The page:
FDA grants RMAT designation to CAR T-cell therapy for Hodgkin lymphoma subset
The FDA granted regenerative medicine advanced therapy designation to Tessa Therapeutics’ CD30-directed autologous chimeric antigen receptor T-cell therapy for the treatment of patients with relapsed or refractory CD30-postive classical Hodgkin lymphoma, according to a press release issued by the manufacturer.
The therapy is a genetically modified autologous CAR T-cell therapy that targets the CD30 protein on the surface of cancer cells.
The FDA’s regenerative medicine advanced therapy (RMAT) designation is based on clinical trial data from two ongoing independent phase 1/phase 2 studies of the therapy at Baylor College of Medicine and The University of North Carolina Lineberger Comprehensive Cancer Center. Eighteen of 27 patients (66.6%) treated so far have achieved complete responses to therapy, with an objective response rate of greater than 70%, according to the agent’s manufacturer.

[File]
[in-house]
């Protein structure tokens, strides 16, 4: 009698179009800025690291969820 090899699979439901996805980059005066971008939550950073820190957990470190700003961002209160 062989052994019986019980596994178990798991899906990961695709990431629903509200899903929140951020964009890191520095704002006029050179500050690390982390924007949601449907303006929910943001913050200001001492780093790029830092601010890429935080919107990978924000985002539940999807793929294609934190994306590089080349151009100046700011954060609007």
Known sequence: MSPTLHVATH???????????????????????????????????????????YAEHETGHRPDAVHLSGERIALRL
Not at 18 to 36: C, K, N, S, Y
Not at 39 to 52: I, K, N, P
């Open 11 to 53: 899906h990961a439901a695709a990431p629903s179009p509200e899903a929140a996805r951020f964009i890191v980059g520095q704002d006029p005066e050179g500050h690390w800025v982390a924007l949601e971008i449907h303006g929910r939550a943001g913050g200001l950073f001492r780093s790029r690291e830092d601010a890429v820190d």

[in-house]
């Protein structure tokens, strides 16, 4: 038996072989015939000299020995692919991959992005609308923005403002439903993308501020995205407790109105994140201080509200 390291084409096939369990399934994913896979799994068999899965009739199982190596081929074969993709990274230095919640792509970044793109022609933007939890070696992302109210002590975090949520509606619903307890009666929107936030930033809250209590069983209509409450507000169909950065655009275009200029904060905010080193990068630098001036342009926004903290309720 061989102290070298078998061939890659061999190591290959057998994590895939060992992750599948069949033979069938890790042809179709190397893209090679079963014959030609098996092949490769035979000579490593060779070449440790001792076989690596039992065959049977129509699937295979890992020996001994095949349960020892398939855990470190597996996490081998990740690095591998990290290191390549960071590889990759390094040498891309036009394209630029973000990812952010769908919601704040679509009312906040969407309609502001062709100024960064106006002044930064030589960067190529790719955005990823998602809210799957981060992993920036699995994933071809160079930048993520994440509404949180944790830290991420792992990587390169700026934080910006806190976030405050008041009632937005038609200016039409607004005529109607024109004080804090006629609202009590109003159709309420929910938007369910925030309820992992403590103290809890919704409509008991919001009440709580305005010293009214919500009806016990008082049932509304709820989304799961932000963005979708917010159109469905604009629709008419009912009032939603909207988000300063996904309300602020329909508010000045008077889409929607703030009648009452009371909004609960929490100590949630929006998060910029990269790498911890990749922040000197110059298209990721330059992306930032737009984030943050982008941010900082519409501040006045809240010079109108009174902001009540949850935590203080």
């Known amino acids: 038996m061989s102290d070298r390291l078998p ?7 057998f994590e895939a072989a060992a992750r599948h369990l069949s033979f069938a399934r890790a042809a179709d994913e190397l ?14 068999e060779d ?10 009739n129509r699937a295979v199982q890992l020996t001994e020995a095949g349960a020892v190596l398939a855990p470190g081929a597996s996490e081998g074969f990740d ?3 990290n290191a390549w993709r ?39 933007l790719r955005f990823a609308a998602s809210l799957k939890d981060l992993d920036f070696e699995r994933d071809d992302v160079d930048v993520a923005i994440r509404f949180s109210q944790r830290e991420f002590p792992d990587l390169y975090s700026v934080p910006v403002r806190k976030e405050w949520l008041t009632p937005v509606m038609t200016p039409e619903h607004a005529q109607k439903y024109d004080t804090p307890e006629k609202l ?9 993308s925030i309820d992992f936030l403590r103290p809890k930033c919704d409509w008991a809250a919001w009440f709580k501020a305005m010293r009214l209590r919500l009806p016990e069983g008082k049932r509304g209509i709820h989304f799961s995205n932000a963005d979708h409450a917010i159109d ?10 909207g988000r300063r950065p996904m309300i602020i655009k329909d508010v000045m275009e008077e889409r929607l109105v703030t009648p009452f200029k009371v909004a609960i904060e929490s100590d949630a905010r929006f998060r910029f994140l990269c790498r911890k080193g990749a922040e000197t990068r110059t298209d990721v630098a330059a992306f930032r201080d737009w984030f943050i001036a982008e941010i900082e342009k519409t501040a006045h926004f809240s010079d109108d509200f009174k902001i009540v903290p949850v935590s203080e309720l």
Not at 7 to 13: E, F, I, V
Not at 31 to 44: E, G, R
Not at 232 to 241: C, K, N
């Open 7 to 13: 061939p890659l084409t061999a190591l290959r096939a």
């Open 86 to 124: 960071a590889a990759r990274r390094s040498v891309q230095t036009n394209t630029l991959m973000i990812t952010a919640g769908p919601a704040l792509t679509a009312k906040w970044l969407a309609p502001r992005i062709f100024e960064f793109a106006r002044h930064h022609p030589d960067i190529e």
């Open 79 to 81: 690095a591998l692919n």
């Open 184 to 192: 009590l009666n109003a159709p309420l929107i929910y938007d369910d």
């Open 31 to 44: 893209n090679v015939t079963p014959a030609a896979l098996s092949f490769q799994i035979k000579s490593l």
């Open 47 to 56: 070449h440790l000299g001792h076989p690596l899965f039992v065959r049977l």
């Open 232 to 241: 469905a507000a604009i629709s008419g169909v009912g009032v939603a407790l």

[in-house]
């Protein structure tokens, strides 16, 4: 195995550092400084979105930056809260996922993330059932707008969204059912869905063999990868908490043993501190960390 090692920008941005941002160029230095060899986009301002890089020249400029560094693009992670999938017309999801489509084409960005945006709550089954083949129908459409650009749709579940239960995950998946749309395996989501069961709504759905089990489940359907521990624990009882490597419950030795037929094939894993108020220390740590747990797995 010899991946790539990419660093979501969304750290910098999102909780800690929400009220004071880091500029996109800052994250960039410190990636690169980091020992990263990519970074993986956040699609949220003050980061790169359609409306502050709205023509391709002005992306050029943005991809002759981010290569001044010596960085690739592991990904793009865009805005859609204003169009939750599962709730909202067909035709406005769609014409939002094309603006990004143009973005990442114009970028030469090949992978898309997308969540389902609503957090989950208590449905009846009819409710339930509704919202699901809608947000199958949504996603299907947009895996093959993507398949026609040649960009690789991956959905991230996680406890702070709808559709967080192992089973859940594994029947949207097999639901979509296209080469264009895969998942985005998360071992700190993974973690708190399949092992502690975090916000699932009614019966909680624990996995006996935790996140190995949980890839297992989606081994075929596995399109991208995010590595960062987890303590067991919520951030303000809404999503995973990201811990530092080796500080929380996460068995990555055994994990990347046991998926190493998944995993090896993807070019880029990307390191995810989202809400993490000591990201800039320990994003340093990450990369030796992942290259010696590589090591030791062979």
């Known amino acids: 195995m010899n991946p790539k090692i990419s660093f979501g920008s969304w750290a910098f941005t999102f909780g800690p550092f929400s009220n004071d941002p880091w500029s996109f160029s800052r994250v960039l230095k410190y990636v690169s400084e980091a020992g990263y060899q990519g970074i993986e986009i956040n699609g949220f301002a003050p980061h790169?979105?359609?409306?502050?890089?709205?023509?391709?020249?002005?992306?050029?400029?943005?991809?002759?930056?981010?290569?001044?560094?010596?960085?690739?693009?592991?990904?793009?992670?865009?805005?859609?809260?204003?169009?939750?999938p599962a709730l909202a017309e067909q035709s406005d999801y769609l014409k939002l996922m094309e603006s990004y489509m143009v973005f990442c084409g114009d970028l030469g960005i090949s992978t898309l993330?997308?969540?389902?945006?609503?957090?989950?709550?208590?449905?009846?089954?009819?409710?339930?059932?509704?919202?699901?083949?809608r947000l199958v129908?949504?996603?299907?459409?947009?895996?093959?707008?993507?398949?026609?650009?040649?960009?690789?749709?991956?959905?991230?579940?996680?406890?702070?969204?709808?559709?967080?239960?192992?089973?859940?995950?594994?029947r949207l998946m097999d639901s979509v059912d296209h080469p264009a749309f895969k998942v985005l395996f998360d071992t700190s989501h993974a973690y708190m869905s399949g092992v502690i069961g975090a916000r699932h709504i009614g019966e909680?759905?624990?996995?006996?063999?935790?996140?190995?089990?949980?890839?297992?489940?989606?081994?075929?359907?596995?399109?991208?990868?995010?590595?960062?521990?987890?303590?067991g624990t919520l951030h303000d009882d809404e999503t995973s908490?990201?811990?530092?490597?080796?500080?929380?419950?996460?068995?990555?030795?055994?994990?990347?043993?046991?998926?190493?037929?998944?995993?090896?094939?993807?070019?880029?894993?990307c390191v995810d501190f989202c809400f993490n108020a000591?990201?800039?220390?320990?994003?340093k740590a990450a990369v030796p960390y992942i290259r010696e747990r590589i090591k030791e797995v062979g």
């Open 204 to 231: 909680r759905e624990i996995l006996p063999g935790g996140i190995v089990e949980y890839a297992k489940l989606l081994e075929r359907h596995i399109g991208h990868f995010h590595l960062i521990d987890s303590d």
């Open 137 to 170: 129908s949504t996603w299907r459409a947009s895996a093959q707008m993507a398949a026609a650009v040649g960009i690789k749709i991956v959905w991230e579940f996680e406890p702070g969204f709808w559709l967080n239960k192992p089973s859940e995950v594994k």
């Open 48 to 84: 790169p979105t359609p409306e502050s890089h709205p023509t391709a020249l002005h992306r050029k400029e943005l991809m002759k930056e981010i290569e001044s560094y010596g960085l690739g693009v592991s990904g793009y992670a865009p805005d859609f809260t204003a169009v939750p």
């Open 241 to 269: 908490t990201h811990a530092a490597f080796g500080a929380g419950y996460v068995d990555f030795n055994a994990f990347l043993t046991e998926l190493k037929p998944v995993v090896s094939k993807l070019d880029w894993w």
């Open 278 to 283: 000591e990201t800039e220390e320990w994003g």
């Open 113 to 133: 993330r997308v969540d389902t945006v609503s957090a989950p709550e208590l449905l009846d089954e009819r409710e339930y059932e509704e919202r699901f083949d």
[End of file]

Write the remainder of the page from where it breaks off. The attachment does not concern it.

“The RMAT designation speaks to the strength of the data ... which show promising efficacy and a strong safety profile of the therapy in [patients with Hodgkin lymphoma] whose disease had failed to respond to other available therapies,” Ivan D. Horak, MD, president of research and development at Tessa Therapeutics, said in the press release. “We look forward to working closely with the FDA as we advance our trial at multiple sites in North America and work to bring this potentially transformative treatment option to patients.”
The FDA’s RMAT designation program is part of the 21st Century Cures Act. The program was created to expedite review of regenerative medicine therapies intended to treat, modify, reverse or cure serious or life-threatening diseases or conditions.
The therapy must have preliminary clinical evidence indicating the drug has the potential to address unmet medical needs for such a disease or condition.